Under current NASA plans, investigations in the area of biotechnology will be a significant component of the life sciences research to be conducted on the International Space Station (ISS). They encompass work on cell science and studies of the use of microgravity to grow high-quality protein crystals. Both these subdisciplines are advancing rapidly in terrestrial laboratories, fueled by federal and industrial research budgets that dwarf those of NASA's life science program. Forging strong and fruitful connections between the space investigations and laboratory-bench biologists, a continual challenge for NASA' s life sciences program, is thus of great importance to ensuring the excellence of ISS research.
This report evaluates the plan for NASA's biotechnology facility on the ISS and the scientific context that surrounds it, and makes recommendations on how the facility can be made more effective. In addition to questions about optimizing the instrumentation, the report addresses strategies for enhancing the scientific impact and improving the outreach to mainstream terrestrial biology. No major redirection of effort is called for, but collectively the specific, targeted changes recommended by the task group would have a major effect on the conduct of biotechnology research in space.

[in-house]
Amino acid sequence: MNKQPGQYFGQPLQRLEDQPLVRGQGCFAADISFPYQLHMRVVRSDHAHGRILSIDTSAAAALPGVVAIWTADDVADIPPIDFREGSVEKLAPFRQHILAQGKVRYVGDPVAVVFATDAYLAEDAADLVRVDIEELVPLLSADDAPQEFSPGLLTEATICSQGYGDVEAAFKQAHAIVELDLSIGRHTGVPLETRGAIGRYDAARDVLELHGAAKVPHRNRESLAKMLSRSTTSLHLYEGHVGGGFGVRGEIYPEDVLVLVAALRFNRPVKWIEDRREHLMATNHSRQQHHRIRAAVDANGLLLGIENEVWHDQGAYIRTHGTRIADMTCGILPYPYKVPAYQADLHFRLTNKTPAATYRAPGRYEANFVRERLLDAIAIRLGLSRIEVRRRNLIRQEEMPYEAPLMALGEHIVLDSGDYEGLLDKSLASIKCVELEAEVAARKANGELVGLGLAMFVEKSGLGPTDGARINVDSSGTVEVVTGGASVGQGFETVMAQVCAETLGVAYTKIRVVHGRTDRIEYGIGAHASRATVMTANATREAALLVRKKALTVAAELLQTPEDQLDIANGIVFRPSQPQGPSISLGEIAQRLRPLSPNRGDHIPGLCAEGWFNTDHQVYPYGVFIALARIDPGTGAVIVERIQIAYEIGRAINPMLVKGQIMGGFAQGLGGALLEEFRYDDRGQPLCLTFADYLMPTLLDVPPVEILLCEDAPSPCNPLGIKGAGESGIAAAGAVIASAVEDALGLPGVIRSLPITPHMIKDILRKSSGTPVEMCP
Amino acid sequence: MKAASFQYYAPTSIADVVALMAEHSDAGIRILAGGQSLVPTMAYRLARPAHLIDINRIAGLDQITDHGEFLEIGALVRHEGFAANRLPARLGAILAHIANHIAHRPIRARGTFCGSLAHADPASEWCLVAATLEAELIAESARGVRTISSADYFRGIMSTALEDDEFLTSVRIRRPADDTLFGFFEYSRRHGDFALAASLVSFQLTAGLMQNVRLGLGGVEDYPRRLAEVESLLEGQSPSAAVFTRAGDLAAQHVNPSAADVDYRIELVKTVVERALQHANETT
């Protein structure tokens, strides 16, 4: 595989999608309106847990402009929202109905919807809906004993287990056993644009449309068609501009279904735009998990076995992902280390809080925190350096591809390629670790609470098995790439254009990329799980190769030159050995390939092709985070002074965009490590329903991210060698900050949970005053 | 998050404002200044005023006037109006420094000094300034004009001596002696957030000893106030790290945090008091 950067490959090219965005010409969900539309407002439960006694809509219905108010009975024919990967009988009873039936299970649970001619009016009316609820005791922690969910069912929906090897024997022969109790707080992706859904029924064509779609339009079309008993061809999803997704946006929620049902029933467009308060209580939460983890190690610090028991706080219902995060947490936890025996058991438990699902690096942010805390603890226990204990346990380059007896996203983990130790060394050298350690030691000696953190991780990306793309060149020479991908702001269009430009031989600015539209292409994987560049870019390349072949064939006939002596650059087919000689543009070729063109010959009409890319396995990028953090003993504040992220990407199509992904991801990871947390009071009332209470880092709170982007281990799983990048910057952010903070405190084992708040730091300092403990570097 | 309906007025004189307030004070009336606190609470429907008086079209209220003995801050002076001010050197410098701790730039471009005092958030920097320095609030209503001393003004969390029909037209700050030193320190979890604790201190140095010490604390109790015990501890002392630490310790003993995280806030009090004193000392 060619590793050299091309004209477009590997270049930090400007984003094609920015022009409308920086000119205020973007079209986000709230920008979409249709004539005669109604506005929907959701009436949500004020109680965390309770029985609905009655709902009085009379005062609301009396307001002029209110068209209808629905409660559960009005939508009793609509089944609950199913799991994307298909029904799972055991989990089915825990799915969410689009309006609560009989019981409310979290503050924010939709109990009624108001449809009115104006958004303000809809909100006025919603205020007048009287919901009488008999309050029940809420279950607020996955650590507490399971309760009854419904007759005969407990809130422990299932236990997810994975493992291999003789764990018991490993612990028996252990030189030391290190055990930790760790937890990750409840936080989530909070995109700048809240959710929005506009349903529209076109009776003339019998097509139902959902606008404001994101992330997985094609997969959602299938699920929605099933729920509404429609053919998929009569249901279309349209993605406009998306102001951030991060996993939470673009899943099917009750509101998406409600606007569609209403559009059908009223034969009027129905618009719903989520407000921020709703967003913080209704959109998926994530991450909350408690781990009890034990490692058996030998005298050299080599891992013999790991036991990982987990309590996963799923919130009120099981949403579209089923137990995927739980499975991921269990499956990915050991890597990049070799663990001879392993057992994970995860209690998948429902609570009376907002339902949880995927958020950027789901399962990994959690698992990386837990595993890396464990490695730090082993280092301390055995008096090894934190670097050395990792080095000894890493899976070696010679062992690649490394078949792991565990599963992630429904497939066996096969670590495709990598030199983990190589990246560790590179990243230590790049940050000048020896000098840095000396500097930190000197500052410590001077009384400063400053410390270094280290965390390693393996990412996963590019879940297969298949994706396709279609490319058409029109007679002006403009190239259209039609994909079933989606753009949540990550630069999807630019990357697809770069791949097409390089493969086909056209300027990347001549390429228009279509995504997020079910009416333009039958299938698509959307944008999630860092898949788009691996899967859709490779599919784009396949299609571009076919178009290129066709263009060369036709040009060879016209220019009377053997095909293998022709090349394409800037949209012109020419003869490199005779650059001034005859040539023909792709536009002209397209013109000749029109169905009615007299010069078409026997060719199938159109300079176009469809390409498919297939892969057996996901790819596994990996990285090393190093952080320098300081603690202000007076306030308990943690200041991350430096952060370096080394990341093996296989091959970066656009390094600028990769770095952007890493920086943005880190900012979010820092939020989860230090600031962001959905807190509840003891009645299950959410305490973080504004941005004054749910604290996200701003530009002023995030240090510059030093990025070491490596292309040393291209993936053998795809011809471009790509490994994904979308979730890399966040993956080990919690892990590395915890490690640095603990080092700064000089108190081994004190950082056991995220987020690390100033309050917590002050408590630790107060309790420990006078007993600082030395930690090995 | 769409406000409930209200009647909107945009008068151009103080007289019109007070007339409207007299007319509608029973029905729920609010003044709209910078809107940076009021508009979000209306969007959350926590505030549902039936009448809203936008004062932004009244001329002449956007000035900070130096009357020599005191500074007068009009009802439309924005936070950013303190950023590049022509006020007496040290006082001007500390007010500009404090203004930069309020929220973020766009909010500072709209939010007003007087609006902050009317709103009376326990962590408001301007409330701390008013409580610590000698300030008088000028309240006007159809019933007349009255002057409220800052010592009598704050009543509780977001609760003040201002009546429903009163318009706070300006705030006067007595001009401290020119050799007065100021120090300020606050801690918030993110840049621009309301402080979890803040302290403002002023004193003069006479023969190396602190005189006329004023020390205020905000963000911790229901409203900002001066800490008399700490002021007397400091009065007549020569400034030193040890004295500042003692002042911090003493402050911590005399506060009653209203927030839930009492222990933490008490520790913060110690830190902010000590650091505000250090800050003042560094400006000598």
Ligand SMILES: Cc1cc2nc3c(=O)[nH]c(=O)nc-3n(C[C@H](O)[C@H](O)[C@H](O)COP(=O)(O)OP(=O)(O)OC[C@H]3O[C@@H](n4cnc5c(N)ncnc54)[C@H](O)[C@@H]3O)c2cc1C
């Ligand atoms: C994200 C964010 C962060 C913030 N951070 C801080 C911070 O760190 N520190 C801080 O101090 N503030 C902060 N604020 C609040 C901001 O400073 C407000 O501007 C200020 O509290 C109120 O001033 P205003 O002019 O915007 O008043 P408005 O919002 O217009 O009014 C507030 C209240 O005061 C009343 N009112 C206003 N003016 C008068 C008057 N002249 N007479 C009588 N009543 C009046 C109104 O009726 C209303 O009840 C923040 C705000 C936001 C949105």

Table of Contents
|1 Background and Scientific Scope of NASA Programs||10-22|
|3 Selection and Outreach||38-47|
|Appendix A: Hardware Available or in Development and Schedule for Biotechnology Research on the International Space Station||51-61|
|Appendix B: Biographical Sketches of Task Group Members||62-63|
|Appendix C: Statement of Task||64-64|
|Appendix D: Glossary||65-67|
|Appendix E: Acronyms and Abbreviations||68-69|
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